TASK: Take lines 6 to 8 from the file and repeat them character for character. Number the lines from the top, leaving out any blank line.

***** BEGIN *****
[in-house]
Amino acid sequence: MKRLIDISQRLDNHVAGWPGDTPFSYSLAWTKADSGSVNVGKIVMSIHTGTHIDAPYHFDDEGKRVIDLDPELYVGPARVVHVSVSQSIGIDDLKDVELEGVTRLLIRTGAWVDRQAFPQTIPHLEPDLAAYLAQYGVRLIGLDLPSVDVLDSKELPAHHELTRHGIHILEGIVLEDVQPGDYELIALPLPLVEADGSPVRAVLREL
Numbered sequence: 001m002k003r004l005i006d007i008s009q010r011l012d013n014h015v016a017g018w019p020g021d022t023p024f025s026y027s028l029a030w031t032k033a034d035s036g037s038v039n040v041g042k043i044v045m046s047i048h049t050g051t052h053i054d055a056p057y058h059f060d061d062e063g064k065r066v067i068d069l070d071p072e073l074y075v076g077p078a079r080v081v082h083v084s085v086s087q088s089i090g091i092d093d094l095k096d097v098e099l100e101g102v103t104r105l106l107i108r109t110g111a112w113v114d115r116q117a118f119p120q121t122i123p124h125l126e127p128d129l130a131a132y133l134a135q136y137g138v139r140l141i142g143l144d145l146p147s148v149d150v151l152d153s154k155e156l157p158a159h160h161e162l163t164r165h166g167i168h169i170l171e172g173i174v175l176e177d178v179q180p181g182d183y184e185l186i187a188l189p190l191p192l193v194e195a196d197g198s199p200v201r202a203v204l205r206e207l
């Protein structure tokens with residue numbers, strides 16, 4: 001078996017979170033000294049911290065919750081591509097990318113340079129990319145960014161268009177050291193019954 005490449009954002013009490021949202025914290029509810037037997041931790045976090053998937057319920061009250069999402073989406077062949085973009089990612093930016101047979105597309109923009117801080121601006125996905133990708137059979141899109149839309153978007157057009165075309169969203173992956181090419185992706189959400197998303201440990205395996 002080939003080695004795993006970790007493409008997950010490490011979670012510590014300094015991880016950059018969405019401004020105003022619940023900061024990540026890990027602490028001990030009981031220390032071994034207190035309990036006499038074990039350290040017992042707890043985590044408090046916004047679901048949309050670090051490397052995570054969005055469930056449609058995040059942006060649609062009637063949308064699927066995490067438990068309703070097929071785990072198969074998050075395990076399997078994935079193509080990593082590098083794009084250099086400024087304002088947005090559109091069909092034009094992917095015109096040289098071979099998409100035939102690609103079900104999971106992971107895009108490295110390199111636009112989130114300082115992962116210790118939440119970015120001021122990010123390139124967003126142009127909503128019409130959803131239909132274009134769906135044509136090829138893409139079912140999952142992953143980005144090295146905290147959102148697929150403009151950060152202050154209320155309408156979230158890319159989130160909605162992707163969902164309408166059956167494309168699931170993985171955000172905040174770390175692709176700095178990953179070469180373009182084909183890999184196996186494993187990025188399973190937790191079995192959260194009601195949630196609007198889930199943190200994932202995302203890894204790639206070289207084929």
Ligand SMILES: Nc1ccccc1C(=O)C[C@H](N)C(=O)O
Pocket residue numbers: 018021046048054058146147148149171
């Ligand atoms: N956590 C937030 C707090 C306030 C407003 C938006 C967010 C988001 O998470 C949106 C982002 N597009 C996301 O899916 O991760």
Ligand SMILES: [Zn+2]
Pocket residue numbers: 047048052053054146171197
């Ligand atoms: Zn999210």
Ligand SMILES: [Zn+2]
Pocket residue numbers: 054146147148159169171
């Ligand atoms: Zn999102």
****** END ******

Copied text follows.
Pocket residue numbers: 018021046048054058146147148149171
């Ligand atoms: N956590 C937030 C707090 C306030 C407003 C938006 C967010 C988001 O998470 C949106 C982002 N597009 C996301 O899916 O991760």
Ligand SMILES: [Zn+2]